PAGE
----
Bengaluru gears up for solar eclipse

Over 4,500 eclipse goggles have been sold by Jawaharlal Nehru Planetarium

December 25, 2019 11:05 pm | Updated December 26, 2019 06:36 am IST

Jawaharlal Nehru Planetarium has made arrangements to ensure enthusiasts can view the solar eclipse in a safe manner.

Jawaharlal Nehru Planetarium has made arrangements to ensure enthusiasts can view the solar eclipse in a safe manner.

Will the cloudy sky play spoilsport and prevent enthusiasts from viewing the solar eclipse? According to the Meteorological Department's forecast, the weather in the city will be generally cloudy, with light rain expected.

Notwithstanding the gloomy weather, the Jawaharlal Nehru Planetarium has made all arrangements to ensure enthusiasts can view the solar eclipse in a safe manner. Karnataka Gnana Vignana Samiti, in association with Astronomical Society and Karnataka State Walkers’ Association, has made arrangements at Lalbagh between 8 a.m. and 11 a.m.

The annular eclipse, or ‘the ring of fire’, is a rare spectacle. In Bengaluru, the eclipse will begin at 8.06 a.m. and end at 11.11 a.m. The maximum eclipse can be viewed at 9.29 a.m.

According to Pramod Galgali, director of the planetarium, there has been a lot of interest among students and enthusiasts about the eclipse. Already, over 4,500 eclipse goggles have been sold by the planetarium. “We will have five telescopes projecting the sun's image. This is perhaps the safest way to see the eclipse. That apart, we will also have H Alfa solar imaging, which will help us see a portion of the sun's surface,” he said.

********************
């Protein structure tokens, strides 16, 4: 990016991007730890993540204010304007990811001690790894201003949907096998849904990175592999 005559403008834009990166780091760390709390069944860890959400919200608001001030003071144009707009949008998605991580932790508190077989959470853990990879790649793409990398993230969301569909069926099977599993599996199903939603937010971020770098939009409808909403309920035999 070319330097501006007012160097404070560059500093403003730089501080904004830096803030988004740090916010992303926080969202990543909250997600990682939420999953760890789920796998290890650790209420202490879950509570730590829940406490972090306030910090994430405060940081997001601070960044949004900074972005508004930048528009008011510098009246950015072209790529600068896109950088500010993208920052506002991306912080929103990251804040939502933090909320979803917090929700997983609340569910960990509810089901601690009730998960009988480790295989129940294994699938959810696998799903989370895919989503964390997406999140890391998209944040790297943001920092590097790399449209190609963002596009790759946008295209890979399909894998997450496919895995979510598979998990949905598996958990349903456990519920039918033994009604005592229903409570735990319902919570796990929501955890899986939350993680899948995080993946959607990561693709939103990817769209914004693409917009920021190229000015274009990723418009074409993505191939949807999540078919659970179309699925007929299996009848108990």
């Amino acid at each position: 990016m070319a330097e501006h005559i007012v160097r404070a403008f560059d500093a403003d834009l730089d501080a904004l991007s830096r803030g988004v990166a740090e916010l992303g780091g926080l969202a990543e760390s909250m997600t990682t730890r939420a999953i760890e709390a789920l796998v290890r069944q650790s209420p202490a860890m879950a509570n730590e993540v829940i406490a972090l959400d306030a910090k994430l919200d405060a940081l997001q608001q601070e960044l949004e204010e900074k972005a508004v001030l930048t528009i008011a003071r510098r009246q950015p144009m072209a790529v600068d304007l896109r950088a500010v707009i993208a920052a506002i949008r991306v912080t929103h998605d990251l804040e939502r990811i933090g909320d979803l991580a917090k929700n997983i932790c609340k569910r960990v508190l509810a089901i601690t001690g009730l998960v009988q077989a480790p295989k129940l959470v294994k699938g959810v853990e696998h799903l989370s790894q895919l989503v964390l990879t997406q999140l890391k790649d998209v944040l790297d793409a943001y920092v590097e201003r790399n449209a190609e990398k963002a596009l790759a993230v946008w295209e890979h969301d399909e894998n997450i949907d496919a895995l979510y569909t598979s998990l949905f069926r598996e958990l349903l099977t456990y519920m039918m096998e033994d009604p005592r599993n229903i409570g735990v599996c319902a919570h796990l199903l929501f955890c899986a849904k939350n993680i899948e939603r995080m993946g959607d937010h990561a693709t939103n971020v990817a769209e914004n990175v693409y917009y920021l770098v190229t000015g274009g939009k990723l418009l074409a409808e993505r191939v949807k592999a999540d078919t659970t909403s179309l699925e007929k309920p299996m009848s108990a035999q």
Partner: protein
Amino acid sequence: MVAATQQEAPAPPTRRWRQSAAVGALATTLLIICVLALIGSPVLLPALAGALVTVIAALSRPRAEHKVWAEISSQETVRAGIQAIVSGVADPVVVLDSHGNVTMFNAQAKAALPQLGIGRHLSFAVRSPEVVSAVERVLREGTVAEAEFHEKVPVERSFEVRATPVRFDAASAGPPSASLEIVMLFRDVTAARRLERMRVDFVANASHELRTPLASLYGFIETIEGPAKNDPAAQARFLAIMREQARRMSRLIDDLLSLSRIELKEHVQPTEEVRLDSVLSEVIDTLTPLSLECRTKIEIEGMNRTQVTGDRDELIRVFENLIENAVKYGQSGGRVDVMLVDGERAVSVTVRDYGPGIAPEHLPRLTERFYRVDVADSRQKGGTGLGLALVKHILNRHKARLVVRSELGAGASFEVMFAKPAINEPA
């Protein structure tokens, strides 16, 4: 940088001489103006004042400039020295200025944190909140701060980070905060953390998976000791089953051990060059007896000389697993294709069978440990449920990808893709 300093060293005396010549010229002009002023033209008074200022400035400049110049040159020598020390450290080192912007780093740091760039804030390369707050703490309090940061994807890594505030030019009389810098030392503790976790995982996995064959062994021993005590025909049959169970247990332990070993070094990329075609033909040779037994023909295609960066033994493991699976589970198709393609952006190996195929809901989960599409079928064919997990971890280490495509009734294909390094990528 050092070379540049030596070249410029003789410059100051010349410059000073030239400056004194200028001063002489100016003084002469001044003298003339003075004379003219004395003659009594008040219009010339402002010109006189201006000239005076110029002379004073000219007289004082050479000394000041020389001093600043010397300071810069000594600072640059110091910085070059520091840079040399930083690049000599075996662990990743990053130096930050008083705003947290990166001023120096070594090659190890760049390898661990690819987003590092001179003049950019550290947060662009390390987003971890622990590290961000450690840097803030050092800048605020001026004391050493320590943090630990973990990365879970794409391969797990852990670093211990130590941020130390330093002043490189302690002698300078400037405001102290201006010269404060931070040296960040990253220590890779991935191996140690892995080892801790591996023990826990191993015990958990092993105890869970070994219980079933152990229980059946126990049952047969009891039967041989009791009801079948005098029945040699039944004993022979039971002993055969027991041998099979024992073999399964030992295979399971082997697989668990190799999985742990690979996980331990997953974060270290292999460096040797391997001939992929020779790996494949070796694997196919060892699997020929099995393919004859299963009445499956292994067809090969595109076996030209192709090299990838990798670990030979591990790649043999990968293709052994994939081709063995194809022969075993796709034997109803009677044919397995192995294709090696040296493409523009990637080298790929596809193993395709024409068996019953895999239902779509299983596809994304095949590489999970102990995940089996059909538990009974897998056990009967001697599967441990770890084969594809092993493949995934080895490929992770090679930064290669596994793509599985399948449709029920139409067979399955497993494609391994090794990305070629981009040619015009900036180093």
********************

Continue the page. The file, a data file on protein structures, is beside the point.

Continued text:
However, he admitted that viewing the eclipse would be difficult in case of cloudy weather. “Those who wish to come to the planetarium to view the eclipse may call first, depending on the weather conditions,” he added. He also said the planetarium would be web casting the eclipse on its website (

Those at home may use a mirror to reflect the sun on a wall, use goggles distributed by the planetarium or use welder's glasses (no. 14 density) to view the eclipse.

Cautioning citizens against viewing the eclipse directly, Bhujang Shetty, ophthalmologist, Narayana Nethralaya, said it could permanently damage the eyes.

Sun gazing during a solar eclipse or even during normal daylight hours can burn the retina, which can lead to permanent blindness. Also known as solar retinopathy, damage to the retinal tissues caused due to exposure to solar radiation can affect the way images are transmitted to the brain. People affected by solar retinopathy may experience decreased vision, distorted vision, blind spots (central scotomas), light sensitivity (photophobia), disruption of colour perception (chromatopsia) and headaches. It is therefore advisable not to watch the solar eclipse with naked eyes.

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